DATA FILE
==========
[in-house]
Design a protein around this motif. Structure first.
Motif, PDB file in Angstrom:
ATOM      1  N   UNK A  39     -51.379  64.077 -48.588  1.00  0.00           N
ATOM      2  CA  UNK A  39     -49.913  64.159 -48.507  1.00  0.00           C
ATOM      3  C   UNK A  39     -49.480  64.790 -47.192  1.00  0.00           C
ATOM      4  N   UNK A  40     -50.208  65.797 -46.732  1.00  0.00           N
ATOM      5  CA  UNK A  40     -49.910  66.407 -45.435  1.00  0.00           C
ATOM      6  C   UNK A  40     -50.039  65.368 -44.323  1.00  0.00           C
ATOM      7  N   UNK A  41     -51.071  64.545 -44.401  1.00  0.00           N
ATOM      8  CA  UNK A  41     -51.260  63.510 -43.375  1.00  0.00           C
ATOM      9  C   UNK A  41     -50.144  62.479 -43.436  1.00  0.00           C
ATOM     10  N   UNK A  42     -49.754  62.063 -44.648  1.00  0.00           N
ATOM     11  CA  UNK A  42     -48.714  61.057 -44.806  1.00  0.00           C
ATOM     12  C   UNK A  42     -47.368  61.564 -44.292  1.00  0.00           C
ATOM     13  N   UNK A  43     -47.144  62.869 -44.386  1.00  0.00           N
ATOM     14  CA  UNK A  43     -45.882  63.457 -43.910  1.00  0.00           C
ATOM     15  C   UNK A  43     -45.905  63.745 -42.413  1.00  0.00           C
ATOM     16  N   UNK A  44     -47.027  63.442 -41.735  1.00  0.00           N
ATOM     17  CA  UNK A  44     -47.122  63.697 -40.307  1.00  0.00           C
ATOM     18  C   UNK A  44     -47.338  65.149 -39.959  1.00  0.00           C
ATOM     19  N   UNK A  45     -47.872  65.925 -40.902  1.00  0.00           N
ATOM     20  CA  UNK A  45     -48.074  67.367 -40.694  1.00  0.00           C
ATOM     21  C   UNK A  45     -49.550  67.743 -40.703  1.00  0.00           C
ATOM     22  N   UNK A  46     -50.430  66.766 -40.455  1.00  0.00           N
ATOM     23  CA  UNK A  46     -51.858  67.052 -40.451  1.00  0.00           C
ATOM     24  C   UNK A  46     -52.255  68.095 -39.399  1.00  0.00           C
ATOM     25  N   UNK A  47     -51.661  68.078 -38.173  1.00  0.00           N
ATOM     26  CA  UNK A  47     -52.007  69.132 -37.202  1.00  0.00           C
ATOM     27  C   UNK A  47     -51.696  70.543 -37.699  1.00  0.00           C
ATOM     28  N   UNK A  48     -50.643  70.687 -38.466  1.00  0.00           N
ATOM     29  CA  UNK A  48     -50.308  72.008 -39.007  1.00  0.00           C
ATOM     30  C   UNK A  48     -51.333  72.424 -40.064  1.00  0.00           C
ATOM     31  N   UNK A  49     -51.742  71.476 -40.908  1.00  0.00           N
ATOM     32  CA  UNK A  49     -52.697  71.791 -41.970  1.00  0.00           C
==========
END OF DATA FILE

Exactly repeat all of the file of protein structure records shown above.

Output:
[in-house]
Design a protein around this motif. Structure first.
Motif, PDB file in Angstrom:
ATOM      1  N   UNK A  39     -51.379  64.077 -48.588  1.00  0.00           N
ATOM      2  CA  UNK A  39     -49.913  64.159 -48.507  1.00  0.00           C
ATOM      3  C   UNK A  39     -49.480  64.790 -47.192  1.00  0.00           C
ATOM      4  N   UNK A  40     -50.208  65.797 -46.732  1.00  0.00           N
ATOM      5  CA  UNK A  40     -49.910  66.407 -45.435  1.00  0.00           C
ATOM      6  C   UNK A  40     -50.039  65.368 -44.323  1.00  0.00           C
ATOM      7  N   UNK A  41     -51.071  64.545 -44.401  1.00  0.00           N
ATOM      8  CA  UNK A  41     -51.260  63.510 -43.375  1.00  0.00           C
ATOM      9  C   UNK A  41     -50.144  62.479 -43.436  1.00  0.00           C
ATOM     10  N   UNK A  42     -49.754  62.063 -44.648  1.00  0.00           N
ATOM     11  CA  UNK A  42     -48.714  61.057 -44.806  1.00  0.00           C
ATOM     12  C   UNK A  42     -47.368  61.564 -44.292  1.00  0.00           C
ATOM     13  N   UNK A  43     -47.144  62.869 -44.386  1.00  0.00           N
ATOM     14  CA  UNK A  43     -45.882  63.457 -43.910  1.00  0.00           C
ATOM     15  C   UNK A  43     -45.905  63.745 -42.413  1.00  0.00           C
ATOM     16  N   UNK A  44     -47.027  63.442 -41.735  1.00  0.00           N
ATOM     17  CA  UNK A  44     -47.122  63.697 -40.307  1.00  0.00           C
ATOM     18  C   UNK A  44     -47.338  65.149 -39.959  1.00  0.00           C
ATOM     19  N   UNK A  45     -47.872  65.925 -40.902  1.00  0.00           N
ATOM     20  CA  UNK A  45     -48.074  67.367 -40.694  1.00  0.00           C
ATOM     21  C   UNK A  45     -49.550  67.743 -40.703  1.00  0.00           C
ATOM     22  N   UNK A  46     -50.430  66.766 -40.455  1.00  0.00           N
ATOM     23  CA  UNK A  46     -51.858  67.052 -40.451  1.00  0.00           C
ATOM     24  C   UNK A  46     -52.255  68.095 -39.399  1.00  0.00           C
ATOM     25  N   UNK A  47     -51.661  68.078 -38.173  1.00  0.00           N
ATOM     26  CA  UNK A  47     -52.007  69.132 -37.202  1.00  0.00           C
ATOM     27  C   UNK A  47     -51.696  70.543 -37.699  1.00  0.00           C
ATOM     28  N   UNK A  48     -50.643  70.687 -38.466  1.00  0.00           N
ATOM     29  CA  UNK A  48     -50.308  72.008 -39.007  1.00  0.00           C
ATOM     30  C   UNK A  48     -51.333  72.424 -40.064  1.00  0.00           C
ATOM     31  N   UNK A  49     -51.742  71.476 -40.908  1.00  0.00           N
ATOM     32  CA  UNK A  49     -52.697  71.791 -41.970  1.00  0.00           C